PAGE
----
How America's Business Schools Can Save Themselves From Irrelevance

A business education has never been more important. But b-schools need to learn some new tricks.

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MBAs -- both the degrees and the people who have them -- are an obsolete waste of time and money. An irrelevant recipe for failure. At least that's what all the cool entrepreneurs and venture capitalists are saying. So what's next? Learning to code and "lean startups." Accelerators are the new b-school.

There's just one problem though.

While creating a product and starting a company have never been easier, building and sustaining a business have never been harder. And lean is not everything. That means business education has never been more important. But first, both b-schools and companies need to learn some new tricks.

The Cult of Innovation
Right now, "innovation" is the hottest thing in business. Google searches for the term have grown almost 500% in the last five years. It's not just entrepreneurs, either. According to The Wall Street Journal, public companies mentioned it 33,528 times in SEC filings last year, 64% more than they did five years ago. This obsession with innovation matters because it's changing how businesses and people operate.

Entrepreneurs and corporate executives are starting to shun traditional approaches to new product development and growth. And most of those outdated approaches are closely associated with MBAs. Instead, they're embracing new methods of innovation, like the lean startup, accelerators, hackathons and growth hacking. And in a world where anyone with $9.94 can learn to work like a lean startup, no one needs an MBA, right? Well, it's not quite that simple.

That's because failing fast--the crux of the lean approach--doesn't make succeeding easier. It just makes it cheaper and less risky. As serial entrepreneur, Howard A. Tullman notes, "all these innovations, and the continually lower costs and lower barriers to entry that they bring, are a very mixed blessing ... They make it much more difficult to create sustainable competitive advantages, which, in turn, makes it much more difficult to succeed."

The numbers back him up.

Growth Is Hard

Even in better times, building a business was hard. At least 75% of startups fail. Only 6% grew to $10 million in revenues within 10 years. Fewer than 2% hit the $50 million mark. And it's just as hard for big companies.

Two-thirds of new products launched by established firms fail within two years and only 9% of big businesses consistently grow faster than 5%. In fact, the average lifespan of S&P 500 companies is plummeting. It's now just 15 years. Now, it's only getting harder.

It's getting harder because business is getting more complex. By 2020, as many as 60% of companies will be sourcing, producing and selling more in foreign markets than they do at home. That includes small ones. The global economy, meanwhile, has become permanently turbulent and hyper-competitive.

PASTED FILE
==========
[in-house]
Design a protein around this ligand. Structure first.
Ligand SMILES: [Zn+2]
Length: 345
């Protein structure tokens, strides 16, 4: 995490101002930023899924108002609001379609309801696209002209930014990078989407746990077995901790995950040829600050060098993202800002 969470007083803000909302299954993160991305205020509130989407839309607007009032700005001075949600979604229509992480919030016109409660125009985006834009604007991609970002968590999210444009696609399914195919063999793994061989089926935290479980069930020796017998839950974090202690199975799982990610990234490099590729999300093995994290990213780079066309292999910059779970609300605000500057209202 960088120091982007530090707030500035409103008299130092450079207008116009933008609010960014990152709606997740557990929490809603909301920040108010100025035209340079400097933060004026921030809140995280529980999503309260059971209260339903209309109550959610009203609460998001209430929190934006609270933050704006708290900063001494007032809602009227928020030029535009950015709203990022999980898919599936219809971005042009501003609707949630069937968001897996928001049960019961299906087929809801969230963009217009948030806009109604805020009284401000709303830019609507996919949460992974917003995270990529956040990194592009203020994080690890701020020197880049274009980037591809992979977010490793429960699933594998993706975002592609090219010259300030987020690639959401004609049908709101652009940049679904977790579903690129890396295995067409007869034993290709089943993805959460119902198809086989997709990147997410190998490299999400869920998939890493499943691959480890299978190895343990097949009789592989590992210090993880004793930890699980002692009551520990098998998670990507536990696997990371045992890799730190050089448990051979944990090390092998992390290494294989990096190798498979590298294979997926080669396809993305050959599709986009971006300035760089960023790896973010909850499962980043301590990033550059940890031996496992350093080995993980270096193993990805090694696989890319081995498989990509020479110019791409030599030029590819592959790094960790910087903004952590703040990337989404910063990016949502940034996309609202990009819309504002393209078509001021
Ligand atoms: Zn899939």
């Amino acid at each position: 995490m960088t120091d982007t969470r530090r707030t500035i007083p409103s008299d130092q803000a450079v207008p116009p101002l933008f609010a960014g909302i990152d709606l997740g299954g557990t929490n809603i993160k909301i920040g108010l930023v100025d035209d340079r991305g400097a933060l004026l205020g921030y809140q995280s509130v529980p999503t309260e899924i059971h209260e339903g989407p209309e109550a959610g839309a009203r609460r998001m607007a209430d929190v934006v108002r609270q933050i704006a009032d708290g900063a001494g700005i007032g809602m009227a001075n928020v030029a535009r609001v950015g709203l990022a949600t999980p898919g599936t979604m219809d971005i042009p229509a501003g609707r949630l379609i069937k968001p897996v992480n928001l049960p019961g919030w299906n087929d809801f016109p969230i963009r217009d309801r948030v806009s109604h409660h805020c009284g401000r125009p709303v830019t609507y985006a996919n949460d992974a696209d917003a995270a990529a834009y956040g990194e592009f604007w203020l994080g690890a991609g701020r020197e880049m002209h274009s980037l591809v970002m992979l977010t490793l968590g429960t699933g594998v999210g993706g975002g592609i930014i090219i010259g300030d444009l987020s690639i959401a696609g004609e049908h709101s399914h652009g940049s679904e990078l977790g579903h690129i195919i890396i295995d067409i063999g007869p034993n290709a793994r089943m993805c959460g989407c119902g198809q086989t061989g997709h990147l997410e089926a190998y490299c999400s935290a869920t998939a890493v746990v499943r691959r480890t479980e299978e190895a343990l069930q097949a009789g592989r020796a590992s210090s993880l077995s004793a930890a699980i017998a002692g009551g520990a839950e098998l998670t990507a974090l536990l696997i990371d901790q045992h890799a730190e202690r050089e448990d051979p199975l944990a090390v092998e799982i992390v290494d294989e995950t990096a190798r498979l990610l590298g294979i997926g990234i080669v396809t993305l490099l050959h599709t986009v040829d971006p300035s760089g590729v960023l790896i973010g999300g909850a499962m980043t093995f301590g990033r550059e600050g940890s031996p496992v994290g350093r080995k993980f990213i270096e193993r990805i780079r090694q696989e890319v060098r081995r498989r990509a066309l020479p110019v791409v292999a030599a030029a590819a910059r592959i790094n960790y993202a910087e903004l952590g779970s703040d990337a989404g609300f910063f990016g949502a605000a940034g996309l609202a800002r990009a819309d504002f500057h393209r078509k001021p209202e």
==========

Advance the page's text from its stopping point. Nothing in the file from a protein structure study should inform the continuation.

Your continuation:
The result, the Boston Consulting Group calculates, is that volatility in both revenues and profit margins have tripled in the last 50 years. Disruptions to competitive positions are occurring twice as frequently as they used to.

And while cheap technology and lean methods do enable disruptive innovations, they are rarely the reason new launches fail, small businesses can't scale and big ones die-off. According to technology giant, IBM (pdf), as well as the Sloan Management Review, at tech mecca MIT, those things are usually traced back to not understanding or defining customer needs properly, unclear business strategies or insufficient resources. And for all their virtues, these new startup methods don't completely address those issues.

Lean Is Not Everything
The lesson here is that strong leadership and solid management will always be essential. If anyone can create, then continuously iterating and pivoting aren't enough to buck the odds. If they were, we'd have thousands more thriving, valuable businesses and a lot fewer would-be entrepreneurs frittering away their life savings creating 1.5 million mobile apps (paywall) that no one needs, wants or even knows exist. But we don't.

That's because building a real business requires not just creating things, but also getting people to pay for them; and to pay more than they cost. To do that, though, you need to do more than define a vision and discover a viable value proposition. You also need to secure scarce resources, develop cohesive teams, assemble collaborative networks and build lasting customer relationships.

All those skills--also known as strategy, finance, accounting, HR, operations, marketing and sales--aren't completely addressed by accelerators and lean methods. But they are exactly the type of things that formal business education, especially MBAs, can develop. Unfortunately, the MBA critics are right about one thing. MBA curricula and formats have lost touch.

So, What's Next?
Startups say they're reluctant to hire MBA graduates because they don't learn the techniques that today's entrepreneurs actually use. And big employers say they lack the skills required to effectively manage today's diverse, globally-dispersed, super-connected and resource-constrained organizations--things like strategic thinking, leadership and interpersonal communications. That's all starting to change, though.

Presented by

Todd Tauber heads business development at Nomadic Learning, a leadership-education startup. He previously co-founded The Economist's education division.

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